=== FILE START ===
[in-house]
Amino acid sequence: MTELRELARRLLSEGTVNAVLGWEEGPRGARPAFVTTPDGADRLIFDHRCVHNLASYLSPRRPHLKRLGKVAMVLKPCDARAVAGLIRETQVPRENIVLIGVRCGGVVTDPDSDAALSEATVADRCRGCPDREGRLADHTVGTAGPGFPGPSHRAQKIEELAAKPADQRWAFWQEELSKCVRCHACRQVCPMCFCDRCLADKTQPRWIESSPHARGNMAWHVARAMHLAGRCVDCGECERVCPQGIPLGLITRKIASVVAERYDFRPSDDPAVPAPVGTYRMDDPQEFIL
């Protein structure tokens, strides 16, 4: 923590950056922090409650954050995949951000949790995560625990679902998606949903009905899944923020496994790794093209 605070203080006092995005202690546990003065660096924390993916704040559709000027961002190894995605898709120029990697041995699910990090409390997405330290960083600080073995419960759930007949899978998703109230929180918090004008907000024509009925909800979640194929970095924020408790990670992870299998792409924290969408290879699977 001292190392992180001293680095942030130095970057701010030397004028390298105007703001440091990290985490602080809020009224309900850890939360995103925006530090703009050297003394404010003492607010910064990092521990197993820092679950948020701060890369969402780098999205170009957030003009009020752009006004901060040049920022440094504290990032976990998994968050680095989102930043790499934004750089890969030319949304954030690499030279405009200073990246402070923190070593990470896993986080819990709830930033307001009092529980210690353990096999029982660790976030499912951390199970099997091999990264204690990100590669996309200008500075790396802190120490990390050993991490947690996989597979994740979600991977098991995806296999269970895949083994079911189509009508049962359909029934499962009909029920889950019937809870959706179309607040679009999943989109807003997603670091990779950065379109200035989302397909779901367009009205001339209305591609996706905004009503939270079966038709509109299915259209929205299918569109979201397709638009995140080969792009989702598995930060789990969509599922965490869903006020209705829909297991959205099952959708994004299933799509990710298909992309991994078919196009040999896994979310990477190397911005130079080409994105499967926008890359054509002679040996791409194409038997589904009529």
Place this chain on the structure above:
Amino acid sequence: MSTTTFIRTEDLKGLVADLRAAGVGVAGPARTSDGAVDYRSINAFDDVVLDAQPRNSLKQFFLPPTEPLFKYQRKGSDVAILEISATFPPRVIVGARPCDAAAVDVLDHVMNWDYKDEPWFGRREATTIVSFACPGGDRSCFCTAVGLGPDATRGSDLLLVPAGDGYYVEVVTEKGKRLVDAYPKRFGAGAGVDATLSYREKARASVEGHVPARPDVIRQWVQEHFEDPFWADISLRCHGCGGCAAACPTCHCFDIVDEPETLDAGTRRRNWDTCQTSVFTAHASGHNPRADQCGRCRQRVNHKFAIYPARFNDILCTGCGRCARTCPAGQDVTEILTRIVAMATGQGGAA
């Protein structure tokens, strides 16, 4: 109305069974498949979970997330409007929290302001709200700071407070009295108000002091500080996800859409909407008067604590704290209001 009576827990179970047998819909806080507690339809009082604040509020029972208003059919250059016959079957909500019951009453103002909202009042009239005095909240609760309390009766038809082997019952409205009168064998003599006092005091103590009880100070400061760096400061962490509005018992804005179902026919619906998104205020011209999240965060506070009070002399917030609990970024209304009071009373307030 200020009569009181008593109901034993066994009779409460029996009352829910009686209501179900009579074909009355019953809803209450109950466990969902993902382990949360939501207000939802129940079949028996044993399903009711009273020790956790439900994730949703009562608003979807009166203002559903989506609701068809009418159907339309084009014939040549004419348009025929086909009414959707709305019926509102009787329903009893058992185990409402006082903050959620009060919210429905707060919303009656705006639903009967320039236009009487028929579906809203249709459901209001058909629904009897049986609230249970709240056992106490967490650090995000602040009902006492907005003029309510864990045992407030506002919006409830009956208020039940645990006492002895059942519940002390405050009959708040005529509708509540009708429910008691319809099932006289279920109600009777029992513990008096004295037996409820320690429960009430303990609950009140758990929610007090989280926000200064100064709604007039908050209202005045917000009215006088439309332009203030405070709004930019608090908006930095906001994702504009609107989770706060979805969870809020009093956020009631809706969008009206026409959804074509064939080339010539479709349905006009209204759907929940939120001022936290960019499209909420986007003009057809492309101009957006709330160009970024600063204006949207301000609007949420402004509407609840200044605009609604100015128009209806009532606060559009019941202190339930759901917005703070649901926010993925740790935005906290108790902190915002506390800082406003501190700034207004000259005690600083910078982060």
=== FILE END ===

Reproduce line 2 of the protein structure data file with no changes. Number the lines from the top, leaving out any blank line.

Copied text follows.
Amino acid sequence: MTELRELARRLLSEGTVNAVLGWEEGPRGARPAFVTTPDGADRLIFDHRCVHNLASYLSPRRPHLKRLGKVAMVLKPCDARAVAGLIRETQVPRENIVLIGVRCGGVVTDPDSDAALSEATVADRCRGCPDREGRLADHTVGTAGPGFPGPSHRAQKIEELAAKPADQRWAFWQEELSKCVRCHACRQVCPMCFCDRCLADKTQPRWIESSPHARGNMAWHVARAMHLAGRCVDCGECERVCPQGIPLGLITRKIASVVAERYDFRPSDDPAVPAPVGTYRMDDPQEFIL